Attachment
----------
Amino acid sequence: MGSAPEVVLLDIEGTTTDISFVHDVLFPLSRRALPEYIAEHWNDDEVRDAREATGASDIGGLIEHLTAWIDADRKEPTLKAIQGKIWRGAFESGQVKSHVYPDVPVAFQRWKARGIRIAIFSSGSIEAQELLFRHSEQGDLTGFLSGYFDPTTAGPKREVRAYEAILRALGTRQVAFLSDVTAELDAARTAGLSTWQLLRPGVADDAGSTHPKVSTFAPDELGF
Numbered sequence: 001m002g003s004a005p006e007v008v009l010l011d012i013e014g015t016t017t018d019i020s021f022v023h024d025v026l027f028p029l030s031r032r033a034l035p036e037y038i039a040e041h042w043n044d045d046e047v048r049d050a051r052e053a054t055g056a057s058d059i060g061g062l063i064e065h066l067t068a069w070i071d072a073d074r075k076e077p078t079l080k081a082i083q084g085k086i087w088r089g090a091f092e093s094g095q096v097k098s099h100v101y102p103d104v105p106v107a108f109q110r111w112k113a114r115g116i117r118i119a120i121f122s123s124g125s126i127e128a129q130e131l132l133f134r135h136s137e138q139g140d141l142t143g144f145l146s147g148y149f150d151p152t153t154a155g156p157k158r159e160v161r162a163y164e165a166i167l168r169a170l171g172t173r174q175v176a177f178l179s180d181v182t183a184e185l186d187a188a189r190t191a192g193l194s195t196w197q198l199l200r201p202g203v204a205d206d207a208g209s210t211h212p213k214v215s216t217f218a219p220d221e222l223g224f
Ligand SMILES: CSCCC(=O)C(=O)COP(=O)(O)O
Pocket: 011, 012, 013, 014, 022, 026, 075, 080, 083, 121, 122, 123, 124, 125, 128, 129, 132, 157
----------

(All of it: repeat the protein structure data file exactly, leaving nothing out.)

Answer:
Amino acid sequence: MGSAPEVVLLDIEGTTTDISFVHDVLFPLSRRALPEYIAEHWNDDEVRDAREATGASDIGGLIEHLTAWIDADRKEPTLKAIQGKIWRGAFESGQVKSHVYPDVPVAFQRWKARGIRIAIFSSGSIEAQELLFRHSEQGDLTGFLSGYFDPTTAGPKREVRAYEAILRALGTRQVAFLSDVTAELDAARTAGLSTWQLLRPGVADDAGSTHPKVSTFAPDELGF
Numbered sequence: 001m002g003s004a005p006e007v008v009l010l011d012i013e014g015t016t017t018d019i020s021f022v023h024d025v026l027f028p029l030s031r032r033a034l035p036e037y038i039a040e041h042w043n044d045d046e047v048r049d050a051r052e053a054t055g056a057s058d059i060g061g062l063i064e065h066l067t068a069w070i071d072a073d074r075k076e077p078t079l080k081a082i083q084g085k086i087w088r089g090a091f092e093s094g095q096v097k098s099h100v101y102p103d104v105p106v107a108f109q110r111w112k113a114r115g116i117r118i119a120i121f122s123s124g125s126i127e128a129q130e131l132l133f134r135h136s137e138q139g140d141l142t143g144f145l146s147g148y149f150d151p152t153t154a155g156p157k158r159e160v161r162a163y164e165a166i167l168r169a170l171g172t173r174q175v176a177f178l179s180d181v182t183a184e185l186d187a188a189r190t191a192g193l194s195t196w197q198l199l200r201p202g203v204a205d206d207a208g209s210t211h212p213k214v215s216t217f218a219p220d221e222l223g224f
Ligand SMILES: CSCCC(=O)C(=O)COP(=O)(O)O
Pocket: 011, 012, 013, 014, 022, 026, 075, 080, 083, 121, 122, 123, 124, 125, 128, 129, 132, 157